In the final part of Tablet’s series on French anti-Semitism, echoes and paradoxes of a gruesome murder
Steven Salaita’s case isn’t about free speech. It’s about common sense, and the rightful consequences of bigotry and violence.
Why ‘Islamophobia’ in Europe cannot be equated with anti-Semitism, either in nature or degree
A live-action role-playing game set up a scenario with ‘inmates’ and a ‘furnace.’ What could go wrong?
From Black Rock City to the Negev Desert, the sandy camping trip comes to the Middle East
Karl Stern, Canadian psychiatrist and writer, was in his day a famous Catholic convert. Why has he been forgotten?
‘Let the Celebrations Begin,’ an acclaimed and controversial Australian children’s book, raises questions about Holocaust education
Jewish grandma Isadora Alman pioneered the American sex-advice column, then found her work obsolete.
Talmudic rabbis debate professional eulogizers, trying to strike a balance between the holy and the mundane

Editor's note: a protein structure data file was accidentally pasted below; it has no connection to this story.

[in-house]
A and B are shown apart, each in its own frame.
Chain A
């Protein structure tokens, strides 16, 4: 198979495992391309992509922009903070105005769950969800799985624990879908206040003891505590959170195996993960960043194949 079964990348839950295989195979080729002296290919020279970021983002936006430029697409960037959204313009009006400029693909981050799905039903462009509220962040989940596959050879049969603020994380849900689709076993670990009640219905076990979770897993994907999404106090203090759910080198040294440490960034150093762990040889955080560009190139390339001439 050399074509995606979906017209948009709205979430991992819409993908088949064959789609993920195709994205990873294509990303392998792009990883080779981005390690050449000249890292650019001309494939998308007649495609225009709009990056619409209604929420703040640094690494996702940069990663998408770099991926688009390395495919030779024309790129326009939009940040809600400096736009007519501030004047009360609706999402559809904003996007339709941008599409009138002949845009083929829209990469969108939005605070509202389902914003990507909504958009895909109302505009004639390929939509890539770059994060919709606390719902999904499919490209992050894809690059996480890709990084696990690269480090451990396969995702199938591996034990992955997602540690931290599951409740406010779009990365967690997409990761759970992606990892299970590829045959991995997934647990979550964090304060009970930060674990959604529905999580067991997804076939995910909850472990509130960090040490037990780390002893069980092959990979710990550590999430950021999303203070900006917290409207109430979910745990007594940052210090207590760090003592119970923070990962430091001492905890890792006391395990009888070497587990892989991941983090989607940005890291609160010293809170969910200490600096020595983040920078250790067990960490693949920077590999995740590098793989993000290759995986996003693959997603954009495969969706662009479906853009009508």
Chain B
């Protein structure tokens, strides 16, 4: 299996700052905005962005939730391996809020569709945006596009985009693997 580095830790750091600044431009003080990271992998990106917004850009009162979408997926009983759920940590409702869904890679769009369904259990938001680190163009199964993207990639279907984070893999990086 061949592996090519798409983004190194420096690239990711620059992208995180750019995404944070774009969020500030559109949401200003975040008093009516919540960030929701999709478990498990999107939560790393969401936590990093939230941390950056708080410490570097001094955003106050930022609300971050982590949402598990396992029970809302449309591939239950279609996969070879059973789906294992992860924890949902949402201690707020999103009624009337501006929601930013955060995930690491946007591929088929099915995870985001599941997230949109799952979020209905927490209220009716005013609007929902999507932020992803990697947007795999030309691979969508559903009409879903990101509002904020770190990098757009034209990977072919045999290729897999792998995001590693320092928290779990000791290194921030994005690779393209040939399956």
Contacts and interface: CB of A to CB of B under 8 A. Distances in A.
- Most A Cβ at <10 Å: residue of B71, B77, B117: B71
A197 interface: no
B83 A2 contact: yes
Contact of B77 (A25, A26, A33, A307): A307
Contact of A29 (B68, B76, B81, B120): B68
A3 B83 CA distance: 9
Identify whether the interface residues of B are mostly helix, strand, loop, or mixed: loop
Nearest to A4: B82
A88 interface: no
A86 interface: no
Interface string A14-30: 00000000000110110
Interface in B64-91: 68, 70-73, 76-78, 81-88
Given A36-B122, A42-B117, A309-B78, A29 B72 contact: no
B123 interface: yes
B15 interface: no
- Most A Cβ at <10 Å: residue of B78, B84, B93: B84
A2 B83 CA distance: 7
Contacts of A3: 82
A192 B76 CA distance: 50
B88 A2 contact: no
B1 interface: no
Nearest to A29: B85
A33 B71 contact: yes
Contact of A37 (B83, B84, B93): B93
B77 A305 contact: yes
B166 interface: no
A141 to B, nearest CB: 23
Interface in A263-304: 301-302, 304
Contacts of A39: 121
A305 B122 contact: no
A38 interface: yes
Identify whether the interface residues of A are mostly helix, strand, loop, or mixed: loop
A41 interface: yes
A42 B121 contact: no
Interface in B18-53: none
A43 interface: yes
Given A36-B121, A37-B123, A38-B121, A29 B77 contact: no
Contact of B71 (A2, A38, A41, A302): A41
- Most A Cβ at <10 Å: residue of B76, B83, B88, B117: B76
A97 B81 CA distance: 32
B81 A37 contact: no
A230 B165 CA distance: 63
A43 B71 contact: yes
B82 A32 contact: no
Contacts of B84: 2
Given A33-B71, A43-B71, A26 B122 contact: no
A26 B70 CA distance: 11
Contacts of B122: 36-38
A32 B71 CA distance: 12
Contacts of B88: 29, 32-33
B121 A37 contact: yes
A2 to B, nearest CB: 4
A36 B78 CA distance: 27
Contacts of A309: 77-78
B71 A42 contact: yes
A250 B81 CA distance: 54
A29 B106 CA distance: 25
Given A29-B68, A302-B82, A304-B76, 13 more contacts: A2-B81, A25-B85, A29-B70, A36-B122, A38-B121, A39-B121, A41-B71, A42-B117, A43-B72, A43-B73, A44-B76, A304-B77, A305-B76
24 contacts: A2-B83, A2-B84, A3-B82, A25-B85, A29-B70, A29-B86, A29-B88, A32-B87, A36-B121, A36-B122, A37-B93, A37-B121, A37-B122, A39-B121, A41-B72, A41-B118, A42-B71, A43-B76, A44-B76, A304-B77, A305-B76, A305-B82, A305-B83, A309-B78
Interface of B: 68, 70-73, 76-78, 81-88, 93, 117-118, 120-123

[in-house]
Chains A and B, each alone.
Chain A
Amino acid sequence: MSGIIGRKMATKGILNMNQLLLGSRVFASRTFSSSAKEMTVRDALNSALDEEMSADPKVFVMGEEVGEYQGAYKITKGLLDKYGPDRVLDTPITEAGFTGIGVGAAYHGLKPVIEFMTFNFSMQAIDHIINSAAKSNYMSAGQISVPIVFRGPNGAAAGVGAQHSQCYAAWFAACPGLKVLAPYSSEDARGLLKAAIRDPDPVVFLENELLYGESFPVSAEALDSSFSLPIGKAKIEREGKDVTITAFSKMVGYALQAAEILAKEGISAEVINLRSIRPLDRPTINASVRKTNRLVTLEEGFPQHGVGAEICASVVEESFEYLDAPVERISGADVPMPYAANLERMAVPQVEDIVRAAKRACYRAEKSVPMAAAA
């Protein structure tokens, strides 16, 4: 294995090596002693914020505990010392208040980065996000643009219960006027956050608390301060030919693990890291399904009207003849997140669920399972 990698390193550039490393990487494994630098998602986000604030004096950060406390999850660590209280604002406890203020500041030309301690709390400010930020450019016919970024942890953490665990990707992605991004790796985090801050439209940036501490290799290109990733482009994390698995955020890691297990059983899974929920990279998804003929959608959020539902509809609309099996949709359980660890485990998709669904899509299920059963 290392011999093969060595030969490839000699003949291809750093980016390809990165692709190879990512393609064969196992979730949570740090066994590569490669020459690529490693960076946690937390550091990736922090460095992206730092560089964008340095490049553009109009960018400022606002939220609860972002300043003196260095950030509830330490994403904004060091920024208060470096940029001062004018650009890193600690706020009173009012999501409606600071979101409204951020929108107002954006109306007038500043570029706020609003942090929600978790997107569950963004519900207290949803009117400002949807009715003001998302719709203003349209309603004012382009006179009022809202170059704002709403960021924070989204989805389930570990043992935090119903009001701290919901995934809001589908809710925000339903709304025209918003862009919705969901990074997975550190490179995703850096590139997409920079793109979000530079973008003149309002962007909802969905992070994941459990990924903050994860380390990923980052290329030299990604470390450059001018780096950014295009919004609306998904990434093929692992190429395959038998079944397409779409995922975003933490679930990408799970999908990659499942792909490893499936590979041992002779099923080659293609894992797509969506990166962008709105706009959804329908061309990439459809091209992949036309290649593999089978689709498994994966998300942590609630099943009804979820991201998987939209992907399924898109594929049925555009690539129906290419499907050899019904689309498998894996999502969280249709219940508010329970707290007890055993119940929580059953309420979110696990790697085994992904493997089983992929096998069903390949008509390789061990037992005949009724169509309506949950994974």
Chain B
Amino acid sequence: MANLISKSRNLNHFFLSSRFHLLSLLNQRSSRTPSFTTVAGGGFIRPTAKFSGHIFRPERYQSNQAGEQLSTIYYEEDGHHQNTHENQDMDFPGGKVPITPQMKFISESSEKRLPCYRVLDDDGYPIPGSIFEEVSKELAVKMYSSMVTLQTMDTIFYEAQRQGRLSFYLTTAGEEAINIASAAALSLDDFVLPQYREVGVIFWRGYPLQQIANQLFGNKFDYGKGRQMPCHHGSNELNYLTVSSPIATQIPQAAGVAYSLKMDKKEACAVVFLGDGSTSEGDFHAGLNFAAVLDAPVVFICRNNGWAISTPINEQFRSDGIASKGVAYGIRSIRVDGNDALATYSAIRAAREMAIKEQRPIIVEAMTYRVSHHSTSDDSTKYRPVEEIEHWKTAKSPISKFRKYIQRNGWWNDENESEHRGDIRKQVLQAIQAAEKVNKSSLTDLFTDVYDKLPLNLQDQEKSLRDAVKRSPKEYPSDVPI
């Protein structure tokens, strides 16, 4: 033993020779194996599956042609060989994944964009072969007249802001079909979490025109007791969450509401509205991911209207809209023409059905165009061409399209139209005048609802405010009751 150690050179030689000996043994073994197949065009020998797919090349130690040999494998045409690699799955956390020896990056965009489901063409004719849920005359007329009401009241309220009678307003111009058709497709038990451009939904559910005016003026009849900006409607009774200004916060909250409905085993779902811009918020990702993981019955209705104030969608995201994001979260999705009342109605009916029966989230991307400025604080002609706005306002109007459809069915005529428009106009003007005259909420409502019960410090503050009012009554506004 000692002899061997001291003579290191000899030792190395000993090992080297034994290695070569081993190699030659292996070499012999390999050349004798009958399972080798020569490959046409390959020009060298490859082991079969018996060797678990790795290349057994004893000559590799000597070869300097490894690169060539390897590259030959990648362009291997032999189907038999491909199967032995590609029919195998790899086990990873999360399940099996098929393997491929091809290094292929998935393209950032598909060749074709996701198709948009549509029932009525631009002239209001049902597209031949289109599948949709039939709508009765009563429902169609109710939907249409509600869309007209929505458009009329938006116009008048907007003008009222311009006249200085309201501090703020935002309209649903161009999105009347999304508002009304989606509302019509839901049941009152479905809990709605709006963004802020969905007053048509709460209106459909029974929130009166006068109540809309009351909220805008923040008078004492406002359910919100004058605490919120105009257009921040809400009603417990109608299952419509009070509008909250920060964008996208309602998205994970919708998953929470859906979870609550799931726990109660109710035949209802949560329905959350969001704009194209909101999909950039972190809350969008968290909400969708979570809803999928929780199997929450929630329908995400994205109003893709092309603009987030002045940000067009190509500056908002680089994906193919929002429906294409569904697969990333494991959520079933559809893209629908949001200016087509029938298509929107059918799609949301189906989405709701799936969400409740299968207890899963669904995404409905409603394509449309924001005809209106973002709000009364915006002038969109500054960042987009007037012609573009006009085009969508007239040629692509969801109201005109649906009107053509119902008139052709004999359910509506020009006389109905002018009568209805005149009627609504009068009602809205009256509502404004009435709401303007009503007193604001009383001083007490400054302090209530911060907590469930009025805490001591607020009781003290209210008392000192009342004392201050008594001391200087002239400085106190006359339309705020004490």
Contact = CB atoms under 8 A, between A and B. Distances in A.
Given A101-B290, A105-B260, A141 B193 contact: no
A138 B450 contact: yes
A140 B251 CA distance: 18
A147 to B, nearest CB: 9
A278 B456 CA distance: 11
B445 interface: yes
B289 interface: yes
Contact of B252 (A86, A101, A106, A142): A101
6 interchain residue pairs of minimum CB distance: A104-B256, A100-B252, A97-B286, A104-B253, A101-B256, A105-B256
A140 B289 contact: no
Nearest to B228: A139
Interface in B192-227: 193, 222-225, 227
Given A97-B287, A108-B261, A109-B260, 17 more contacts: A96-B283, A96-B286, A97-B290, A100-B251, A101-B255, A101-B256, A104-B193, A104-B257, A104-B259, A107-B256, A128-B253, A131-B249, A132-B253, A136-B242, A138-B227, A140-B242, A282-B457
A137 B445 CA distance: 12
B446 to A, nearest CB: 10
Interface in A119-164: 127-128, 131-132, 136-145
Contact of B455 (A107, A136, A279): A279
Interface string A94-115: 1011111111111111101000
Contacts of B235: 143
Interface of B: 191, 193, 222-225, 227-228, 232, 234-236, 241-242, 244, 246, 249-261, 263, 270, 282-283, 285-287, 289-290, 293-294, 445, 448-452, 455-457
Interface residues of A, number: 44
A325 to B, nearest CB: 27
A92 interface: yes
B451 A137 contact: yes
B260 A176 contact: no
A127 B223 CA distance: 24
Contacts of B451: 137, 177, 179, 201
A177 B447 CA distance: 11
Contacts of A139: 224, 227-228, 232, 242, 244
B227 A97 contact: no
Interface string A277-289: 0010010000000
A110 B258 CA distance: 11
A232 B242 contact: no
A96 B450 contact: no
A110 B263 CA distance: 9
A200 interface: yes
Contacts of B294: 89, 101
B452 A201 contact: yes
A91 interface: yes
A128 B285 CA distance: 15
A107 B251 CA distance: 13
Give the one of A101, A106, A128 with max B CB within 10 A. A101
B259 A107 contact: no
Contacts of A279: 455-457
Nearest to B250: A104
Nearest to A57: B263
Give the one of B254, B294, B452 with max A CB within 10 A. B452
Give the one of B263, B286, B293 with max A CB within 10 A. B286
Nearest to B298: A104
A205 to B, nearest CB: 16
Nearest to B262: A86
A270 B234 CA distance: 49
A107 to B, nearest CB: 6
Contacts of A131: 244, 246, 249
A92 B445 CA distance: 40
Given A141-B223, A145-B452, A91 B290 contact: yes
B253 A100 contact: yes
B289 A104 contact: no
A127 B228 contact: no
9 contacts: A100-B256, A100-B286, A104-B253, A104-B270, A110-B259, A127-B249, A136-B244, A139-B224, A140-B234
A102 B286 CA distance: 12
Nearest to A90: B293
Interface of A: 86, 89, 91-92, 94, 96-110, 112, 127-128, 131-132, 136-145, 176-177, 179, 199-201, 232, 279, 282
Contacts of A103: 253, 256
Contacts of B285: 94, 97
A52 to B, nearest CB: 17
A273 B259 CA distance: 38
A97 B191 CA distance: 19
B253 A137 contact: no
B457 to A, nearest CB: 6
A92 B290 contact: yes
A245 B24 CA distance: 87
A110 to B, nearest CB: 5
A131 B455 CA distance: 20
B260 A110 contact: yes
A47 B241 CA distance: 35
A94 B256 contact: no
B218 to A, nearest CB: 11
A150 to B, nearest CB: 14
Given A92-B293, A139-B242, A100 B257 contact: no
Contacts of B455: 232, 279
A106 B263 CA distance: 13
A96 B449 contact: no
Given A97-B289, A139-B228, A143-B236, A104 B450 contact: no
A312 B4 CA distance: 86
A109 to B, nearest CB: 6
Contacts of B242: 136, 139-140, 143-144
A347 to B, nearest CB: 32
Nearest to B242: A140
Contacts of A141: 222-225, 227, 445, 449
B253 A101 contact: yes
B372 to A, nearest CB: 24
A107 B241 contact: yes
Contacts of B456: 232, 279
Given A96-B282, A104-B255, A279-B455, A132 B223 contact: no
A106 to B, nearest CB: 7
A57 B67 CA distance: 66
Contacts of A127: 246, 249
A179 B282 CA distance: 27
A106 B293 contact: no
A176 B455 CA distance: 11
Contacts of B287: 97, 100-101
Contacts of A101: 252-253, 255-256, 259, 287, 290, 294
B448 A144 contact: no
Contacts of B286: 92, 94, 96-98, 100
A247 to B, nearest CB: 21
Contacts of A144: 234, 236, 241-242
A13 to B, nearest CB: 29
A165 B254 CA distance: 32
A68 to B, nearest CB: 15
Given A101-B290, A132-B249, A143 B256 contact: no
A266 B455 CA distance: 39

Plus Israelis killing Iranian scientists? and more in the news
On first episode of Russia Today show, guest pines for end of Israel
Advocacy of diplomacy signals U.S. willingness to use war
Key words in new report: ‘specific to nuclear weapons’
U.S., Saudi Arabia accuse Iran of trying to kill ambassadors
Rebuked by government, Mossad chief still offers opinions
Former Mossad chief is Netanyahu’s new unofficial domestic opponent
This Week in Israel: Obama and Netanyahu spar, a conglomerate is slapped for sales to Iran, the IDF changes uniforms, an Israeli wins at Cannes, and more
Plus Obama’s new ambassador, and more in the news
New details emerge about computer worm
Worm, tested on Israeli centrifuges, is responsible for Iranian havoc
Today on Tablet
Meir Dagan, recently retired as chief of the Mossad, wanted to reestablish the agency as a powerful deterrent to Israel’s enemies. With a string of daring operations, he succeeded.
Computer virus was aimed at nuclear program
Why Jews remain important players in a global struggle
Some people lean on neighbors for a cup of sugar. The Fruchters, of Memphis, Tennessee, needed theirs to help them keep the Sabbath.
Forging ancient artifacts, procuring army sick passes, and pretending to be normal after a traumatic brain injury
After making a splash back home, the creators of the Hebrew-language program are launching an English version on Vox Tablet